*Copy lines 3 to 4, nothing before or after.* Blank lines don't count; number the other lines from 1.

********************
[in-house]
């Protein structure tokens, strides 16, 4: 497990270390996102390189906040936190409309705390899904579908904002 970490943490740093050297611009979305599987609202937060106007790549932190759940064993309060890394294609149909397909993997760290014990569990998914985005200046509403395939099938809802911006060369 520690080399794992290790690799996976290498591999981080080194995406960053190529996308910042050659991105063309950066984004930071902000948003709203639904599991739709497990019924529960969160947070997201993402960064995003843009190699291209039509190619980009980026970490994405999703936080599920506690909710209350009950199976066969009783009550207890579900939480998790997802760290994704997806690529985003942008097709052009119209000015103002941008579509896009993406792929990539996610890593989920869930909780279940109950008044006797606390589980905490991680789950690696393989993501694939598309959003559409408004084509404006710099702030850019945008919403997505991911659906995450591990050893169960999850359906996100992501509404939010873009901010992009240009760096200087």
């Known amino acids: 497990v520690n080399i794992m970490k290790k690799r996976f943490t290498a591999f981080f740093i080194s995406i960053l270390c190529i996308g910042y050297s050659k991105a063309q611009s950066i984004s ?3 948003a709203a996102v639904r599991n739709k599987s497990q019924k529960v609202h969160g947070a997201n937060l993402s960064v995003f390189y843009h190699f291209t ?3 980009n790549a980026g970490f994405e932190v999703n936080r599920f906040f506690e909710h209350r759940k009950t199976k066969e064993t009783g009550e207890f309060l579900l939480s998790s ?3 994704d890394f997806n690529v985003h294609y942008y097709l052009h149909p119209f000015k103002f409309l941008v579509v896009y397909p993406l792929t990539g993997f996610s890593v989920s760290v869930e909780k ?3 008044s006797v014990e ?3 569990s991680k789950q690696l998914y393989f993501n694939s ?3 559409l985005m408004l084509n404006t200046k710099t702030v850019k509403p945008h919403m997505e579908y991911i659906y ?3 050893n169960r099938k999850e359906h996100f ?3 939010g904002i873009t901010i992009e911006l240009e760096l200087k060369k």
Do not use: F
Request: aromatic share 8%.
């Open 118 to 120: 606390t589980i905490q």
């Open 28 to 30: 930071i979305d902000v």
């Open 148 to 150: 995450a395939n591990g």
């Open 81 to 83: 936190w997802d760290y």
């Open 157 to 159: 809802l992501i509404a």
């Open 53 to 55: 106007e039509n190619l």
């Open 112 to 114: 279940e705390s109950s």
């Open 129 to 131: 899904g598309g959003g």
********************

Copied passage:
């Known amino acids: 497990v520690n080399i794992m970490k290790k690799r996976f943490t290498a591999f981080f740093i080194s995406i960053l270390c190529i996308g910042y050297s050659k991105a063309q611009s950066i984004s ?3 948003a709203a996102v639904r599991n739709k599987s497990q019924k529960v609202h969160g947070a997201n937060l993402s960064v995003f390189y843009h190699f291209t ?3 980009n790549a980026g970490f994405e932190v999703n936080r599920f906040f506690e909710h209350r759940k009950t199976k066969e064993t009783g009550e207890f309060l579900l939480s998790s ?3 994704d890394f997806n690529v985003h294609y942008y097709l052009h149909p119209f000015k103002f409309l941008v579509v896009y397909p993406l792929t990539g993997f996610s890593v989920s760290v869930e909780k ?3 008044s006797v014990e ?3 569990s991680k789950q690696l998914y393989f993501n694939s ?3 559409l985005m408004l084509n404006t200046k710099t702030v850019k509403p945008h919403m997505e579908y991911i659906y ?3 050893n169960r099938k999850e359906h996100f ?3 939010g904002i873009t901010i992009e911006l240009e760096l200087k060369k």
Do not use: F